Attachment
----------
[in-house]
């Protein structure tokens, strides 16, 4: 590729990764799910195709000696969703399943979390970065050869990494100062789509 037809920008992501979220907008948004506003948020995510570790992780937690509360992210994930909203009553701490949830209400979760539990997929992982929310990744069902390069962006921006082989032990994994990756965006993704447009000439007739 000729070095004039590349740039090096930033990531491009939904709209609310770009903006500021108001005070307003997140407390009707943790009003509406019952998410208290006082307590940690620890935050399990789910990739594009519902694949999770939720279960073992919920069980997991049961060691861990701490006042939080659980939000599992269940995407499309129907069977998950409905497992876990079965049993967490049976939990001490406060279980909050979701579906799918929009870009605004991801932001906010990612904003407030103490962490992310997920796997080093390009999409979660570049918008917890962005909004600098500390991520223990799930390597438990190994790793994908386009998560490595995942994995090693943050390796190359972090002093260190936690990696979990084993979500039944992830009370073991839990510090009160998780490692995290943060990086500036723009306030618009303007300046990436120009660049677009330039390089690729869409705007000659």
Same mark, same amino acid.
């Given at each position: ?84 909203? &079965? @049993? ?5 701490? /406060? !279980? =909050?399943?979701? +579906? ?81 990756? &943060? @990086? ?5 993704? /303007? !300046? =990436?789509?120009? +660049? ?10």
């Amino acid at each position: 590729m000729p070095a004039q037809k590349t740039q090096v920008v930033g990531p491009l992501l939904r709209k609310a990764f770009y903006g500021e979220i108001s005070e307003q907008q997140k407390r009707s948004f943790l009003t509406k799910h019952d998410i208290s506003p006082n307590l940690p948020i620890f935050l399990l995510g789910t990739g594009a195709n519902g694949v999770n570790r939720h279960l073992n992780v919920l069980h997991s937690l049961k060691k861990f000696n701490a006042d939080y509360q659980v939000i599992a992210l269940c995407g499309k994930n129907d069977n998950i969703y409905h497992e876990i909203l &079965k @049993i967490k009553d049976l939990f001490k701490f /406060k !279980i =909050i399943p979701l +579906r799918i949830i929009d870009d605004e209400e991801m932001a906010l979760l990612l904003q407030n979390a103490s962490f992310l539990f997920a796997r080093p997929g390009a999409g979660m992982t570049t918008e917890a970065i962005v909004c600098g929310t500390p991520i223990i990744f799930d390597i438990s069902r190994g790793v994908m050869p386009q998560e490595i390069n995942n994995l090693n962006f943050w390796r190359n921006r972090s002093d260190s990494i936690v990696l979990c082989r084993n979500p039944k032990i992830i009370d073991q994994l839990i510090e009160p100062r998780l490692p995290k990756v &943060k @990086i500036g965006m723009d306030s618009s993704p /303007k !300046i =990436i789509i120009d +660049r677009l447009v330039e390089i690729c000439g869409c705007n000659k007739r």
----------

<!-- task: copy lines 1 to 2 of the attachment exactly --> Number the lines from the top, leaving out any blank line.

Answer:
[in-house]
């Protein structure tokens, strides 16, 4: 590729990764799910195709000696969703399943979390970065050869990494100062789509 037809920008992501979220907008948004506003948020995510570790992780937690509360992210994930909203009553701490949830209400979760539990997929992982929310990744069902390069962006921006082989032990994994990756965006993704447009000439007739 000729070095004039590349740039090096930033990531491009939904709209609310770009903006500021108001005070307003997140407390009707943790009003509406019952998410208290006082307590940690620890935050399990789910990739594009519902694949999770939720279960073992919920069980997991049961060691861990701490006042939080659980939000599992269940995407499309129907069977998950409905497992876990079965049993967490049976939990001490406060279980909050979701579906799918929009870009605004991801932001906010990612904003407030103490962490992310997920796997080093390009999409979660570049918008917890962005909004600098500390991520223990799930390597438990190994790793994908386009998560490595995942994995090693943050390796190359972090002093260190936690990696979990084993979500039944992830009370073991839990510090009160998780490692995290943060990086500036723009306030618009303007300046990436120009660049677009330039390089690729869409705007000659």